Multiscale Reactors: Cleaning the Flows

Niklas Rom November 3, 2014
Share this on Facebook Share this on Twitter Share this on Google+ Share this on LinkedIn

Probably the most common reactor in the chemical industry is the packed bed reactor. This reactor is used in chemical synthesis and for effluent treatment and catalytic combustion. Oftentimes, heterogeneous catalysis requires packed beds. A common design is a cylindrical column filled with catalyst pellets. The pellets can be contained within supporting structures, like tubes or channels, or packed in a single compartment in the column. The latter is called dumped packing.

Porous Media

The key, here, is that the pellets or beads are porous. In other words, they have very small channels inside. The reactant gas or liquid mixture is pumped from the bottom of the column and as it passes around the dumped pellets, some reactant diffuses into the pores; reacts; and then leaves the pellet again as the product. This product mixture is then passed on to the top of the column and drawn off, usually to be purified in subsequent process steps.

The Challenge

When creating a computational model of a packed bed reactor that takes into account the geometrical shape, you are faced with a major challenge: A realistic reactor can contain hundreds of thousands of pellets of various sizes, and each pellet contains countless microscale pores. Resolving all these details with a finite element mesh would require prohibitively many computation points (degrees of freedom). In practice, it is impossible to handle such a detailed model.

The Solution: Fourth Dimension Added in Version 5.0

With COMSOL Multiphysics version 5.0, we introduce the Reactive Pellet Bed feature. It “attaches” an extra dimension to the existing 3D spatial dimensions, which models the reacting flow inside each porous catalytic pellet. In other words, we’re coupling the 3D description of fluid dynamics and material transport, along with any reactions in the macroscale, to the 1D description of material transport and chemical reaction in the pellets. The feature also allows the user to account for a distribution in pellet size.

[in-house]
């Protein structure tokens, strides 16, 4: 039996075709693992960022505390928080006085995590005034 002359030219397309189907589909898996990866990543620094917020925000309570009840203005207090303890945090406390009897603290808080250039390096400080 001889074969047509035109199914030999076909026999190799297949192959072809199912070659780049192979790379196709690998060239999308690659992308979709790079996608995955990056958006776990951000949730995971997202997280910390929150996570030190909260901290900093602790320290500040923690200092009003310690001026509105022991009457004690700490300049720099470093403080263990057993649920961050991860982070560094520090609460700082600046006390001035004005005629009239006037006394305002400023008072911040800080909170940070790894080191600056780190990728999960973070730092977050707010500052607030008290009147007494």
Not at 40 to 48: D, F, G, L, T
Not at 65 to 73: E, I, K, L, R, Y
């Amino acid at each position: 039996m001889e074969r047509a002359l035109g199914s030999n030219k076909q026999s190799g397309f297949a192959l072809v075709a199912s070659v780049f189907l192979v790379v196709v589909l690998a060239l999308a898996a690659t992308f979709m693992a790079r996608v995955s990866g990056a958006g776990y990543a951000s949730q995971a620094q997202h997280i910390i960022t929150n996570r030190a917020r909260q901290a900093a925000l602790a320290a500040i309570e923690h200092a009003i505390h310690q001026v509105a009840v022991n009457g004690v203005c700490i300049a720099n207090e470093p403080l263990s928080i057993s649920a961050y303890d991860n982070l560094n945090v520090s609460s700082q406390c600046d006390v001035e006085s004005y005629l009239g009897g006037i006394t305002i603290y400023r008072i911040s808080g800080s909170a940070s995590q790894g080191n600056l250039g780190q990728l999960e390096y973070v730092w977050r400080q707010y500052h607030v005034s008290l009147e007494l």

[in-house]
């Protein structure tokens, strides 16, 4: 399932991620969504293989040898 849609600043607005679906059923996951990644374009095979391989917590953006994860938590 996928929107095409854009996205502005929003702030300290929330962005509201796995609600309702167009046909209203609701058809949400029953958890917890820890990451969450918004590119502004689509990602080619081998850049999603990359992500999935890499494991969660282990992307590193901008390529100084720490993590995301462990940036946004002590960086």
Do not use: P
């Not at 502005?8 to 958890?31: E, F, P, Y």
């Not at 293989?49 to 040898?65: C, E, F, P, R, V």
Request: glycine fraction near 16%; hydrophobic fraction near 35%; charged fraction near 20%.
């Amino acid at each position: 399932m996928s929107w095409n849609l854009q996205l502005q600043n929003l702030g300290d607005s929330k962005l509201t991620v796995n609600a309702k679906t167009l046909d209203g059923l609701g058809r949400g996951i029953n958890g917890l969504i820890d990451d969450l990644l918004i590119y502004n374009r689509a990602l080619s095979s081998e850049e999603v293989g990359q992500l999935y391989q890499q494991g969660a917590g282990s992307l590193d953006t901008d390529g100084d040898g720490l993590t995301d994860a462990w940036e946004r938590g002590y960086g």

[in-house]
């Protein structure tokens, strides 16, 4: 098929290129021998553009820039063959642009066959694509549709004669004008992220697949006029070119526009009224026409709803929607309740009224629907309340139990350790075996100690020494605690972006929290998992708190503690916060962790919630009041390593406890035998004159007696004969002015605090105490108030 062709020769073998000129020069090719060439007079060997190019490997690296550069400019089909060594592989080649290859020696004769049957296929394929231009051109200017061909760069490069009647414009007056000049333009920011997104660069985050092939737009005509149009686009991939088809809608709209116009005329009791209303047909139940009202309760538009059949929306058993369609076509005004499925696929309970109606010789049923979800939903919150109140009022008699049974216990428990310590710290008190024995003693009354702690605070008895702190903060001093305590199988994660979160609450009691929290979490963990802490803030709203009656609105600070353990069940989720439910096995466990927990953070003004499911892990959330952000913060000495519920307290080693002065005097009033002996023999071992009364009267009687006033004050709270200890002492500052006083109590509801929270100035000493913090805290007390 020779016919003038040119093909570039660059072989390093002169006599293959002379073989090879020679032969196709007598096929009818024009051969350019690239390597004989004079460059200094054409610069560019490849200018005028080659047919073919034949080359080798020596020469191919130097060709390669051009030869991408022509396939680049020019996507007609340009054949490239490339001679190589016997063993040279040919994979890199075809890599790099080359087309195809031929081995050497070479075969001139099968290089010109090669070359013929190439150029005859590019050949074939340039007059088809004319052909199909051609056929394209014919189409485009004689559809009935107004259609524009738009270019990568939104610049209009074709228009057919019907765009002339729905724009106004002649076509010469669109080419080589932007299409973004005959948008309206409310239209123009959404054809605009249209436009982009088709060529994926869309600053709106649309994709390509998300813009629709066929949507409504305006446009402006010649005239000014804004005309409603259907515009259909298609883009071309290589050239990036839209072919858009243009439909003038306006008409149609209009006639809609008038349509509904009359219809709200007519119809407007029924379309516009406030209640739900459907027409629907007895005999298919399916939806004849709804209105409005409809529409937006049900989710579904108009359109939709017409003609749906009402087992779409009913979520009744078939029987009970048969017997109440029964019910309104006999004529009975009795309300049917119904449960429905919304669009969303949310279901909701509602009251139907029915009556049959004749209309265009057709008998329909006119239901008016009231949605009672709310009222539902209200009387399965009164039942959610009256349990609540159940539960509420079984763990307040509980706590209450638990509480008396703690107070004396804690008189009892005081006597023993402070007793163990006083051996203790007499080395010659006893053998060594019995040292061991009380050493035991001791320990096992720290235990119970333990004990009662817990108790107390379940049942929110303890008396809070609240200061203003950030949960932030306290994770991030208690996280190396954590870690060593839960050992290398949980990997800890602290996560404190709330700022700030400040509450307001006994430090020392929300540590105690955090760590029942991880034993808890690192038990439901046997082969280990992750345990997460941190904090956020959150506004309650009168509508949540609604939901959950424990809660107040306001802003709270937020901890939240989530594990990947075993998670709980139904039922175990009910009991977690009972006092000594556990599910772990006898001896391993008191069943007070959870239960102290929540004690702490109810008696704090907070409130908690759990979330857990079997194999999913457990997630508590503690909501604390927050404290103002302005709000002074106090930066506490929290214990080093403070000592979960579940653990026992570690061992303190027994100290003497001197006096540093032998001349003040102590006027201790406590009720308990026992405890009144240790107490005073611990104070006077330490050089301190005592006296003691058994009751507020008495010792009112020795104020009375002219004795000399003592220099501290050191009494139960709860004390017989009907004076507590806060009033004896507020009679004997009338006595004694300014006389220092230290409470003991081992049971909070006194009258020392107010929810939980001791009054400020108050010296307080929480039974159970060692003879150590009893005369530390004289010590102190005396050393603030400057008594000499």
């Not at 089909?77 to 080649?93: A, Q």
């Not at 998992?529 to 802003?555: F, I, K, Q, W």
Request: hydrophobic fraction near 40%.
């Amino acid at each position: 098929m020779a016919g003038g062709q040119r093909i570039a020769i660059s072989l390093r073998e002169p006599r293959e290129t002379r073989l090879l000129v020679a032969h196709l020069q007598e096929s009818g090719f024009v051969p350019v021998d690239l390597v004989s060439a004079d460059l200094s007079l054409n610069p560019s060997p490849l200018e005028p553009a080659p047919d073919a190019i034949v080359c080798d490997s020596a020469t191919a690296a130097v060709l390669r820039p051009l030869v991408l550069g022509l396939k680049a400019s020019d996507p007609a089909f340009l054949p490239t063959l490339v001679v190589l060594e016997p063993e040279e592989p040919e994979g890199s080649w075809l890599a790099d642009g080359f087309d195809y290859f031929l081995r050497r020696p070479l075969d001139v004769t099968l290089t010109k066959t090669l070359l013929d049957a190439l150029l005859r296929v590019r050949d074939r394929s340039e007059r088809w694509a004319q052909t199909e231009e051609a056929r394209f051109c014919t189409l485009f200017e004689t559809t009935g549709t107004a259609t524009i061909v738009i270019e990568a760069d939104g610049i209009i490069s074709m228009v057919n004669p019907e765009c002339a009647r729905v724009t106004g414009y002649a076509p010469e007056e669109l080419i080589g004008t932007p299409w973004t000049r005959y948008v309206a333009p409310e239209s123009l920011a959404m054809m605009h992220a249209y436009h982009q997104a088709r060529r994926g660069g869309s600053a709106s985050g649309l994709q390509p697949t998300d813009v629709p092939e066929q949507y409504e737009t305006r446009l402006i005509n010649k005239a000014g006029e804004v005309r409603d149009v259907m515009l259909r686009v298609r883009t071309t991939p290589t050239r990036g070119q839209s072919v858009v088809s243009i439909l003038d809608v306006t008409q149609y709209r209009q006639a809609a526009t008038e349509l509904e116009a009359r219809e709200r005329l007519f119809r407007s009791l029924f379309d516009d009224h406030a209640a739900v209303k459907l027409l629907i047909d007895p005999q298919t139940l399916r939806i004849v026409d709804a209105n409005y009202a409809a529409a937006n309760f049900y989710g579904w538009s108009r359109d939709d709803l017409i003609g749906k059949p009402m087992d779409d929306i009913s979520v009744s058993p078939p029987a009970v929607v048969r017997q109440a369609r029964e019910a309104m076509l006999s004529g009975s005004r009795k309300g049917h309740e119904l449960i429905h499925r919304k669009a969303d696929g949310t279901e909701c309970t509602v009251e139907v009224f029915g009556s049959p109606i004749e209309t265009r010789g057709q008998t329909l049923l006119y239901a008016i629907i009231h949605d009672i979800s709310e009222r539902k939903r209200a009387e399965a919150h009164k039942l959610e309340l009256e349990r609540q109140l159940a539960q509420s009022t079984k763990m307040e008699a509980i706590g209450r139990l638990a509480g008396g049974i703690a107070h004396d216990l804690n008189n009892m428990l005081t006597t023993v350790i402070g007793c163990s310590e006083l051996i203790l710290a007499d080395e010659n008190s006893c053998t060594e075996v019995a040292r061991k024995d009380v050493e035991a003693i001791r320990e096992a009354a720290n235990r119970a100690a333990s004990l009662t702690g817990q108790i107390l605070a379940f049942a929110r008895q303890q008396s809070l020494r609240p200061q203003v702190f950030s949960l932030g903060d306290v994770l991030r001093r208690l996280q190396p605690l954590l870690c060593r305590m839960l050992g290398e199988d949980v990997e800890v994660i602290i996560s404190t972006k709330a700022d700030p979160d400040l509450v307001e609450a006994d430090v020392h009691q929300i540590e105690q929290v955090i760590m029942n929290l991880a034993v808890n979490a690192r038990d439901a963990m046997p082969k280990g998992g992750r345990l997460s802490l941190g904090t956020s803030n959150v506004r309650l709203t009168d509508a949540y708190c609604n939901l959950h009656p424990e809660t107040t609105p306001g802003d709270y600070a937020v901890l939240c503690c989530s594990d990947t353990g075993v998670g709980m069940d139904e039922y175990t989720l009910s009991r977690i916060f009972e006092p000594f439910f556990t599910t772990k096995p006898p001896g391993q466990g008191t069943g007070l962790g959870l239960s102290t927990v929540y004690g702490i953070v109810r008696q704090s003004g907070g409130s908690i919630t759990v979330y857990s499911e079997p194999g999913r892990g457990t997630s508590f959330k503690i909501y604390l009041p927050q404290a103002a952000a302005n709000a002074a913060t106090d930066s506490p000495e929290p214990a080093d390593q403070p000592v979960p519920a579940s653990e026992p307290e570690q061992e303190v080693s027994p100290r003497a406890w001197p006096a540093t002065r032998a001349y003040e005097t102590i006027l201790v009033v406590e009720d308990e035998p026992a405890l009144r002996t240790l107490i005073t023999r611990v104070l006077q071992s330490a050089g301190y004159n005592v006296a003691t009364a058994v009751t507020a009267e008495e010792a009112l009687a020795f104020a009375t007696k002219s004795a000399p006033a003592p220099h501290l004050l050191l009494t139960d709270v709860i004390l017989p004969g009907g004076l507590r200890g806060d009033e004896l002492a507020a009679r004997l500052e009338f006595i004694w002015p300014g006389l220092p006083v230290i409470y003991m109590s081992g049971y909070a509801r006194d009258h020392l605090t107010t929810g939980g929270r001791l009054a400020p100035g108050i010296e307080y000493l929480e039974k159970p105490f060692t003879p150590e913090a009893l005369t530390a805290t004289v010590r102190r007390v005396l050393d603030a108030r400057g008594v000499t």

A model depicting the analysis of multiscale reactors.
The extra dimension in the reactive pellet bed simulates the microscale — what is happening inside of each dumped pellet — throughout the 3D column. The fluid between the pellets is simulated in the ordinary three space dimensions, i.e., the macroscale. The color in the 3D pellet plot reflects the distribution in chemical species concentration.

The Multiscale 3D Packed Bed Reactor model demonstrates a simple irreversible chemical reaction A \rightarrow B that takes place in the pellets. The concentration distribution of the reactant and product can be plotted at any position in the column, as well as the macroscale concentration in the fluid passing through the bed and out of the reactor.

A graph showing concentration levels in the packed bed reactor model.
The concentration of reactant A (blue) and product B (green) in a pellet in the middle of the reactor at a position 1 meter above the inlet. This type of plot can be produced for a pellet at any position in the reactor. The concentrations change most quickly near the surface of the particle, r/rpe = 1.

The reactant concentration in the model.
A plot of the reactant concentration, CA, in the macroscale.

Summary and Next Steps

Modeling in this way makes it possible to solve multiscale problems without having to create the geometry and mesh the individual pellets, which would be virtually impossible. Using attached dimensions has great potential to solve other types of problems, such as heat transfer across very thin shells. We will dive into that subject in an upcoming blog post, so stay tuned.


Post Tags

Technical Content
Loading Comments...

Categories


Tags